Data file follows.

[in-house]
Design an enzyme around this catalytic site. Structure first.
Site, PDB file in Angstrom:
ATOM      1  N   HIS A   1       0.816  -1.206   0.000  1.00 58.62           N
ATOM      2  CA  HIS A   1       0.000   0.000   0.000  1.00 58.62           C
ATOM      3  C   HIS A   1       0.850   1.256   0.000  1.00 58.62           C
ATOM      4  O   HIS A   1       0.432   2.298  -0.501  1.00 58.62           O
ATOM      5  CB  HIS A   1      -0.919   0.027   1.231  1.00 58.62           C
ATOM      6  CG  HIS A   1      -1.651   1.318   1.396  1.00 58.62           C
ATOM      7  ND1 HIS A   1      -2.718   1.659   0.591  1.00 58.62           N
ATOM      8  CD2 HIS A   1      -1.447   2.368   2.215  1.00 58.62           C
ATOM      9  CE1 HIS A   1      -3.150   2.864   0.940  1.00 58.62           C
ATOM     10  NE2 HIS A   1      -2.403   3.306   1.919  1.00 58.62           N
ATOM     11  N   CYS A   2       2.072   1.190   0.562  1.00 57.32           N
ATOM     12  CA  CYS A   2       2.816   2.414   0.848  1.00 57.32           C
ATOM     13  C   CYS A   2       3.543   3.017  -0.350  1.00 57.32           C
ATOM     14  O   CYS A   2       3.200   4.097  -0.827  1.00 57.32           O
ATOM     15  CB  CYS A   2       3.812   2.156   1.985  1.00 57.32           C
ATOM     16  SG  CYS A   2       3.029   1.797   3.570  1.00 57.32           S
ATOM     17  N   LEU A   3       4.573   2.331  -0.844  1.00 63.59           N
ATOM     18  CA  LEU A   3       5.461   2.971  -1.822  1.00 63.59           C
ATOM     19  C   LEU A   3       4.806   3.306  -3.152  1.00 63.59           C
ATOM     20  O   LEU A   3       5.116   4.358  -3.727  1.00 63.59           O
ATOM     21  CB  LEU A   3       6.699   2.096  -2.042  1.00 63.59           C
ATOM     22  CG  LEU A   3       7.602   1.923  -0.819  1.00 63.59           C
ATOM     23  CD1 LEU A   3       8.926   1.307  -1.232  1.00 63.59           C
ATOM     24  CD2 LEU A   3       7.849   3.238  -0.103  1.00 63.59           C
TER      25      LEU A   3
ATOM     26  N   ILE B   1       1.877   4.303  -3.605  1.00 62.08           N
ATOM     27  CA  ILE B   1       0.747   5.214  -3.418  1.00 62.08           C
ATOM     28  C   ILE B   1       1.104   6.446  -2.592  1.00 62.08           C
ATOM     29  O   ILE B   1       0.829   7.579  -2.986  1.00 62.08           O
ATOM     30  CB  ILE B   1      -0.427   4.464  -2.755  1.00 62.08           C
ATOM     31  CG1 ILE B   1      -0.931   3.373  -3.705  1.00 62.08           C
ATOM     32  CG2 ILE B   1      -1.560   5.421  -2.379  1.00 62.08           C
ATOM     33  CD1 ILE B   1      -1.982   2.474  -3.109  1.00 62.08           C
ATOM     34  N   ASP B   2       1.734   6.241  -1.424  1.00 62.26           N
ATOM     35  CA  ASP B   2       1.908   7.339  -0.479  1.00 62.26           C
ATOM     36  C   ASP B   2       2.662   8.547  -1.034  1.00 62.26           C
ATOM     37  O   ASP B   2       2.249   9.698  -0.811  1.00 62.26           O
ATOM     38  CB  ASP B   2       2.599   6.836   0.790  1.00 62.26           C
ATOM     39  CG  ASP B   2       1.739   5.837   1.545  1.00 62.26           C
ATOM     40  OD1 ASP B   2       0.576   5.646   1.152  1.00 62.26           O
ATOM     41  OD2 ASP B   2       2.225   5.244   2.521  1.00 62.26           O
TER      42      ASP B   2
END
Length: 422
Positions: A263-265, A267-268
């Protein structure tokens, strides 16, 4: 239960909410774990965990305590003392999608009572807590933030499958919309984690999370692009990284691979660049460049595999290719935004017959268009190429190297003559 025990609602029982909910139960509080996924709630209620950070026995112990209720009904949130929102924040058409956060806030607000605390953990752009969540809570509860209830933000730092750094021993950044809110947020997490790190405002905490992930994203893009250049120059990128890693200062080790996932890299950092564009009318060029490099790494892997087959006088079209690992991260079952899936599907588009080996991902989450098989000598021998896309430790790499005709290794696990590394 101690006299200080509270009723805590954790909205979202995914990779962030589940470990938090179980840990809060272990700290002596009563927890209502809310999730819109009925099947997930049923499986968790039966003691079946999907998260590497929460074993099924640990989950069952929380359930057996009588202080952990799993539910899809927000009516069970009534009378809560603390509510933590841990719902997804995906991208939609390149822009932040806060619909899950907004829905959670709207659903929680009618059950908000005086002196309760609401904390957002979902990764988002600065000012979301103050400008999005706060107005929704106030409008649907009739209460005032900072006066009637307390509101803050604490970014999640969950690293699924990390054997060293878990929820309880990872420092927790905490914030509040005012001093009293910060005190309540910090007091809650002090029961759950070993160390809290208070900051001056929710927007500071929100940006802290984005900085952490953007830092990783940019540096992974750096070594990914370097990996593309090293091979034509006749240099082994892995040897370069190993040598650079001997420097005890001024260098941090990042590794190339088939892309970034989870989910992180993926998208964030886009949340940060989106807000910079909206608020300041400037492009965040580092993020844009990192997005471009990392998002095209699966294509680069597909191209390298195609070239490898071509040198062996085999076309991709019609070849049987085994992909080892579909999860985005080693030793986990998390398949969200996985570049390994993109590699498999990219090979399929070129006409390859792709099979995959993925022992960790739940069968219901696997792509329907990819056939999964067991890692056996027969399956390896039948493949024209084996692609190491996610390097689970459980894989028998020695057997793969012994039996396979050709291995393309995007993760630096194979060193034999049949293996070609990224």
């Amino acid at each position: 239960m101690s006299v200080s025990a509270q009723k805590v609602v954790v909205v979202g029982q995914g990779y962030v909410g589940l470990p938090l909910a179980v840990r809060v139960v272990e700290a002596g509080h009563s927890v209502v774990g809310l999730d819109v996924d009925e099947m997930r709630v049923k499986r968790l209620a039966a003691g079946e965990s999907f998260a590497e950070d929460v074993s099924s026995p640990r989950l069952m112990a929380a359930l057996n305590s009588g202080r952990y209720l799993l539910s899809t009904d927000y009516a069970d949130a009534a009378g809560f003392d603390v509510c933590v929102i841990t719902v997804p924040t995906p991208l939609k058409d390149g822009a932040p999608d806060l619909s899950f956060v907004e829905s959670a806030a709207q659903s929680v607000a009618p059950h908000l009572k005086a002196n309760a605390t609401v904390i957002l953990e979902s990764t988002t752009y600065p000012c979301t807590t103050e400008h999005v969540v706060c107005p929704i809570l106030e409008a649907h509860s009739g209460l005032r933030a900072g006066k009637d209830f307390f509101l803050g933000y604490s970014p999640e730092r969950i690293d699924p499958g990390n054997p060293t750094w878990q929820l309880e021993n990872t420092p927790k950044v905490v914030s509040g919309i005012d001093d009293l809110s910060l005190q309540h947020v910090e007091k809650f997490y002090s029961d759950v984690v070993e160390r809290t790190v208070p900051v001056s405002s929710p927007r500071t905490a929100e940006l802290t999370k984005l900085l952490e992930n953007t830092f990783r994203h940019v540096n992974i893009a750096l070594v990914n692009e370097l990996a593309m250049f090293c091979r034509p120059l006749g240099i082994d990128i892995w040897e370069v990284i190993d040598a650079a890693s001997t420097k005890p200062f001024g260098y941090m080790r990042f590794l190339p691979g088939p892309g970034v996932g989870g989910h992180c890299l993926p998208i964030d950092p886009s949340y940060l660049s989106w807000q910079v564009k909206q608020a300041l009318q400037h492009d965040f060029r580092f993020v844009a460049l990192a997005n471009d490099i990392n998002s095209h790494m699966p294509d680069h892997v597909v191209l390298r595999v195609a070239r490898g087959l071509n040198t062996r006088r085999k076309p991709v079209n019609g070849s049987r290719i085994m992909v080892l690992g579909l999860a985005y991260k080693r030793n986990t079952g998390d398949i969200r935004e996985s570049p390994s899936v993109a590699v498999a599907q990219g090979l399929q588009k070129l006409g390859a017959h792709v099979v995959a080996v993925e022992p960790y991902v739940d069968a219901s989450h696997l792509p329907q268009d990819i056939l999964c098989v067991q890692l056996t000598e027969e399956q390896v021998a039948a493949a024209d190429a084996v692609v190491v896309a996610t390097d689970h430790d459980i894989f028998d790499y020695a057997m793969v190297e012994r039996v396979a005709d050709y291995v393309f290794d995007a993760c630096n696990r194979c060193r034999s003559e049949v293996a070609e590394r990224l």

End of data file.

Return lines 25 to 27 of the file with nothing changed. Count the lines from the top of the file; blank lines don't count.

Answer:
ATOM     22  CG  LEU A   3       7.602   1.923  -0.819  1.00 63.59           C
ATOM     23  CD1 LEU A   3       8.926   1.307  -1.232  1.00 63.59           C
ATOM     24  CD2 LEU A   3       7.849   3.238  -0.103  1.00 63.59           C